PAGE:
What you need to know before you start P90X – Part 3

This is Part 3. You can read Part 1 here and Part 2 here.


I’m going to devote this whole post to this one rule, because I believe it’s that important.

I had never done any yoga before P90X. I had been warned by my brother that I would probably want to use an alternative to Yoga X, because that workout is 90 minutes, and who has time for that, right?

As an alternative, I got the “Fountain of Youth” DVD from Tony’s “One on One” series. The first few weeks of P90X, though, I did do the Yoga X workout, primarily because I like to make my own decisions about such things, and I like those decisions to be informed.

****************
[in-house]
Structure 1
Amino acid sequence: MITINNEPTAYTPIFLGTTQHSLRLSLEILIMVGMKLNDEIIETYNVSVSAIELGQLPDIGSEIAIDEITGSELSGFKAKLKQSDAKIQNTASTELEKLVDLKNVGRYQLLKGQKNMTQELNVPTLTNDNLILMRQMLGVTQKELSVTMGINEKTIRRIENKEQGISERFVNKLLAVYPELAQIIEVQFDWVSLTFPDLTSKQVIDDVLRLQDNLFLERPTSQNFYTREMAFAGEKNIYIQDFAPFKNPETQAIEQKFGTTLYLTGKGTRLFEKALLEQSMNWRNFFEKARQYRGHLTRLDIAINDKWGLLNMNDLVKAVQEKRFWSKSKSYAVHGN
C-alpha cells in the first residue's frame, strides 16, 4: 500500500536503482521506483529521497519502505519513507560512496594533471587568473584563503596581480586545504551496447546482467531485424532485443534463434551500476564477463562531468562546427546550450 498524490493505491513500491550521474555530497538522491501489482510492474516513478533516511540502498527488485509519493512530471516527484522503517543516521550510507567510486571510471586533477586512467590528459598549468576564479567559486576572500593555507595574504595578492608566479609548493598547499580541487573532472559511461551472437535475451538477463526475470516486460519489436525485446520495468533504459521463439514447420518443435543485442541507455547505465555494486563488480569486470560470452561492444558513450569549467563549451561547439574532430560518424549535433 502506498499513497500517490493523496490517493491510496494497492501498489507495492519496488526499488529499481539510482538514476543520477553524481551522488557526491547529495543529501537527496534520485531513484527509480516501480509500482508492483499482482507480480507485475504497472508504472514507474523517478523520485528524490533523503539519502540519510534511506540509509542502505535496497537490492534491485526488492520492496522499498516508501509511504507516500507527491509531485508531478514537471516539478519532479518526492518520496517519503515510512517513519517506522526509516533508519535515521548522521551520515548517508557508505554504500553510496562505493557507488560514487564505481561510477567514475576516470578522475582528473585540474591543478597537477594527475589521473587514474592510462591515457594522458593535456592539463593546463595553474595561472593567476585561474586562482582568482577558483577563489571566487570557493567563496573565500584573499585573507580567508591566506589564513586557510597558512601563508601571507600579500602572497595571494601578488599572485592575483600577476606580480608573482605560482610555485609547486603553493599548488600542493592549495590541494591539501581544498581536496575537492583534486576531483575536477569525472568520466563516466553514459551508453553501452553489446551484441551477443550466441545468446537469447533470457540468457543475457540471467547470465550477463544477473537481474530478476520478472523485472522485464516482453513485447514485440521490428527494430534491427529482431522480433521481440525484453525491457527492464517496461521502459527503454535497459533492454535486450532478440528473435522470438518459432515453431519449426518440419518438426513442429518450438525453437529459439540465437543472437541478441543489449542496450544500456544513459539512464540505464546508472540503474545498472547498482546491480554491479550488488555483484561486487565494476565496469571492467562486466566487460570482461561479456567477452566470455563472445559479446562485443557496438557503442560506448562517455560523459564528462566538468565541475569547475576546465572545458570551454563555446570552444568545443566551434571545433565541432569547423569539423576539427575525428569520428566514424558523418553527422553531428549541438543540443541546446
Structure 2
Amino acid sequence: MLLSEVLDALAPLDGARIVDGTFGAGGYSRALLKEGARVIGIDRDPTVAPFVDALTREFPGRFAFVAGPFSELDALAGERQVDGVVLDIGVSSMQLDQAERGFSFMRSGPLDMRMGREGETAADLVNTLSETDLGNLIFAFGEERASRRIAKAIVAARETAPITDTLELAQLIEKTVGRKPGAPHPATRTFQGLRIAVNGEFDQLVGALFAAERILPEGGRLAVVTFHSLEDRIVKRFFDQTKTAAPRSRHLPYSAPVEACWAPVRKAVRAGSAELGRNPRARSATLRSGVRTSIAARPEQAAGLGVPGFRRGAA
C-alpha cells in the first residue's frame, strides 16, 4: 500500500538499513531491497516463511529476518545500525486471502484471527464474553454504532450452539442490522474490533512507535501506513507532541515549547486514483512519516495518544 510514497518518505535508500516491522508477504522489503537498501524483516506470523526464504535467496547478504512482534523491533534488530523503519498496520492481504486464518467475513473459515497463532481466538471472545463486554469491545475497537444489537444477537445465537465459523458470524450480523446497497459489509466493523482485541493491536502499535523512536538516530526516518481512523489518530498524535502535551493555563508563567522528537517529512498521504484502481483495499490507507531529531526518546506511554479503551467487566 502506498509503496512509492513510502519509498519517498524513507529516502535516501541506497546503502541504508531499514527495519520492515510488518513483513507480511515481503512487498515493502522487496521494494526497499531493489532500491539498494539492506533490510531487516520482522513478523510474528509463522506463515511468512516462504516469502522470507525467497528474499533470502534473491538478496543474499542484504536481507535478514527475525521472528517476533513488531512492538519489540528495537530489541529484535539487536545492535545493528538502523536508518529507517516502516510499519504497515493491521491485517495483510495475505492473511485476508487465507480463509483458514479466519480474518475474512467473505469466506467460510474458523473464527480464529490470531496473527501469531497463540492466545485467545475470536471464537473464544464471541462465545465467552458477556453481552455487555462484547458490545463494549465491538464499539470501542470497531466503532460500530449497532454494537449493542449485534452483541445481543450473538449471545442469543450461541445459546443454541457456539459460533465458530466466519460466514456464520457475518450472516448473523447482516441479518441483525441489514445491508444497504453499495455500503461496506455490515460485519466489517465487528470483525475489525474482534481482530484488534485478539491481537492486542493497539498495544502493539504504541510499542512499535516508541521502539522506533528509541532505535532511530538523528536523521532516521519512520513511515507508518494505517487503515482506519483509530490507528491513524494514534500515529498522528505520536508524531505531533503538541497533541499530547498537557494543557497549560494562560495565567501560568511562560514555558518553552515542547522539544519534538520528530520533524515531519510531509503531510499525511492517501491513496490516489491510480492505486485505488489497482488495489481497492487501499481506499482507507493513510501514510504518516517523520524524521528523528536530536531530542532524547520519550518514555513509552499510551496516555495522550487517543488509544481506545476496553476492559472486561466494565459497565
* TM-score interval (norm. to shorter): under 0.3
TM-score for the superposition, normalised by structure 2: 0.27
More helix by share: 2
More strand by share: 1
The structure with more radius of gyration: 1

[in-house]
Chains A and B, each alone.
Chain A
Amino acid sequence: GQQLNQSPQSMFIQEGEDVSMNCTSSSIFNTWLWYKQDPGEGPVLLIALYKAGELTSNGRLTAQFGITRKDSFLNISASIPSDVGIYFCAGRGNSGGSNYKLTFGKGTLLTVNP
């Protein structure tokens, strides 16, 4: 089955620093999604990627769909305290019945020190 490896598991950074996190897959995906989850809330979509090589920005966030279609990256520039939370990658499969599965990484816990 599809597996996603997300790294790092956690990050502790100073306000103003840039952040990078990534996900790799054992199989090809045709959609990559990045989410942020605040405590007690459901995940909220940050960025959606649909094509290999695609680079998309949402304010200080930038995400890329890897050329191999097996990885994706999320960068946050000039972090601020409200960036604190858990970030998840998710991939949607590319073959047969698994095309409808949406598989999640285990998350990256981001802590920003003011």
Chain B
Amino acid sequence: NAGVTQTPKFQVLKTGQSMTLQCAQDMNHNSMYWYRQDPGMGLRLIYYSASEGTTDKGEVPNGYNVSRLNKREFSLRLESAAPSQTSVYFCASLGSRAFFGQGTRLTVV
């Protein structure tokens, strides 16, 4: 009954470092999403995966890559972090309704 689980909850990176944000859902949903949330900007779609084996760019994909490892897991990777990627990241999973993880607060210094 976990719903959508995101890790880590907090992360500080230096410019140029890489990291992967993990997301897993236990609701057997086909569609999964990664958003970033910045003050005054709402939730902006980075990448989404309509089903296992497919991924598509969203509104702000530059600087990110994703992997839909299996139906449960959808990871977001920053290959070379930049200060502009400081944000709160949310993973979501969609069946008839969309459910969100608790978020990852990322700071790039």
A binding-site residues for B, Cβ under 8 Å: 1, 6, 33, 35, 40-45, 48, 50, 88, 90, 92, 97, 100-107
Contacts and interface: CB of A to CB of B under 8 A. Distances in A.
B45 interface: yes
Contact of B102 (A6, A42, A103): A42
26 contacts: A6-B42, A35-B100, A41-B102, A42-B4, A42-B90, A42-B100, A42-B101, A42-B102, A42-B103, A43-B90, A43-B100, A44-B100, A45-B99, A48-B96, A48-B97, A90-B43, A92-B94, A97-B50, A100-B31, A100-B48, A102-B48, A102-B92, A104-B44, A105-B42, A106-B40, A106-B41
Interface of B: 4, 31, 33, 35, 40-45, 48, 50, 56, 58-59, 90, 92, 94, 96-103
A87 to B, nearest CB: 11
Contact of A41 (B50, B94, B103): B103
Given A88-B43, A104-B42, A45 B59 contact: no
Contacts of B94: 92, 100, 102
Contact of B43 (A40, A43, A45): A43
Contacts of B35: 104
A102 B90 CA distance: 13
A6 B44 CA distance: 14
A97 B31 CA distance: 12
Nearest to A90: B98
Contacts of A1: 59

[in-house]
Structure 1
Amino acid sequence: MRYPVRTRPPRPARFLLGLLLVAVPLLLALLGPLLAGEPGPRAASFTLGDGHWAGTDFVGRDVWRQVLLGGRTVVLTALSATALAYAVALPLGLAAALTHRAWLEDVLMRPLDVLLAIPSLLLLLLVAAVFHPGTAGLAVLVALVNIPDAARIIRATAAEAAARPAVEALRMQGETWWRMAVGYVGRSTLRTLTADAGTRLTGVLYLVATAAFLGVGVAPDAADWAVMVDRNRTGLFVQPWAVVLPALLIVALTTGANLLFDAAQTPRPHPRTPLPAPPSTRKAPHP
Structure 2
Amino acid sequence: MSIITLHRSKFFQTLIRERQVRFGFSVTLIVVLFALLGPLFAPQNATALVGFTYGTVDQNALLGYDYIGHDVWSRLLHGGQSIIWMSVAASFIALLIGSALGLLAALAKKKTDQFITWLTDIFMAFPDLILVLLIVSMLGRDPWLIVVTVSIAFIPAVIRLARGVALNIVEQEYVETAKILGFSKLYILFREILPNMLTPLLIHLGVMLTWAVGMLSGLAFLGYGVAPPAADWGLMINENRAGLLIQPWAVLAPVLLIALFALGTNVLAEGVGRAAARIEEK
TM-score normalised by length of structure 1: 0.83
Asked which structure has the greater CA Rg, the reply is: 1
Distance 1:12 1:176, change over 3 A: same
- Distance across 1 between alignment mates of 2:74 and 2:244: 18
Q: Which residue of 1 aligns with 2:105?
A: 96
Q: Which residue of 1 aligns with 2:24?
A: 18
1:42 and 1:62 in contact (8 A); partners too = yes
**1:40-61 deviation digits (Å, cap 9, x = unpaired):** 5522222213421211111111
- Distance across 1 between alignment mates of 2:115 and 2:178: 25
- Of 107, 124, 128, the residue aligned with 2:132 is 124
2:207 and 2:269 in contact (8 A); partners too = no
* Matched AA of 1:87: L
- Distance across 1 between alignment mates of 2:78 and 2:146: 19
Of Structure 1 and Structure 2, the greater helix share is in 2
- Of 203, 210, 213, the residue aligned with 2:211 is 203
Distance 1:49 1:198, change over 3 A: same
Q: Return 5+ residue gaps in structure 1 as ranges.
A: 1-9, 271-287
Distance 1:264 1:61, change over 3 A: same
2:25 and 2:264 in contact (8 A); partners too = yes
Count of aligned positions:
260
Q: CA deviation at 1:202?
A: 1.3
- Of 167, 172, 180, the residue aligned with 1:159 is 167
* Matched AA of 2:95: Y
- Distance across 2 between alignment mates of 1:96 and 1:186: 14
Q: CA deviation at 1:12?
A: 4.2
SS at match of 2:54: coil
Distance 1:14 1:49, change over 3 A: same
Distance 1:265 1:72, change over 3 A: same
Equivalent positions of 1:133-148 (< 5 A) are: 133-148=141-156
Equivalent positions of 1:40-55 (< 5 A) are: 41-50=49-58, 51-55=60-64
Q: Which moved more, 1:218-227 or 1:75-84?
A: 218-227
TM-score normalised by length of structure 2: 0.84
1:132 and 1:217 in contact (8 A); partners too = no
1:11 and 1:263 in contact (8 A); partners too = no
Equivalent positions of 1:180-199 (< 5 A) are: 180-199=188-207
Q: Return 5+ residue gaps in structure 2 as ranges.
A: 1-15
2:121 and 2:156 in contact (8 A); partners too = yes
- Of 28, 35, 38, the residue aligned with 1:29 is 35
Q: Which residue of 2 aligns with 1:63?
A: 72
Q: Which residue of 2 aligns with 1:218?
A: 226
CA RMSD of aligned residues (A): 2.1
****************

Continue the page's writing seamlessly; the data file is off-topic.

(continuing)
Yoga X is, indeed, pretty long and boring, but it was necessary to introduce me to the moves and terminology. Tony’s One on One workouts are much less formal than  P90X, and he doesn’t often take time to explain things in them, assuming — usually accurately — that we should already know what he’s talking about and how to do the moves.

Let me say this here, because you may not know this about yoga … it’s hard! At least the way Tony does yoga, it’s hard, quite a workout. I remember the first time I tried floating my leg in the air from downward dog and then trying to swing it through. Not an easy task, and it got harder from there. That is one of the reasons I like it so much. I know it’s working my body and improving it.

Anyway, when I felt pretty comfortable with Yoga X, I moved to the “Fountain of Youth” workout from One on One. It’s a 45-minute routine that covers strength, stretching, and balance. And I was only finally able to do it all the way through without stopping … last week.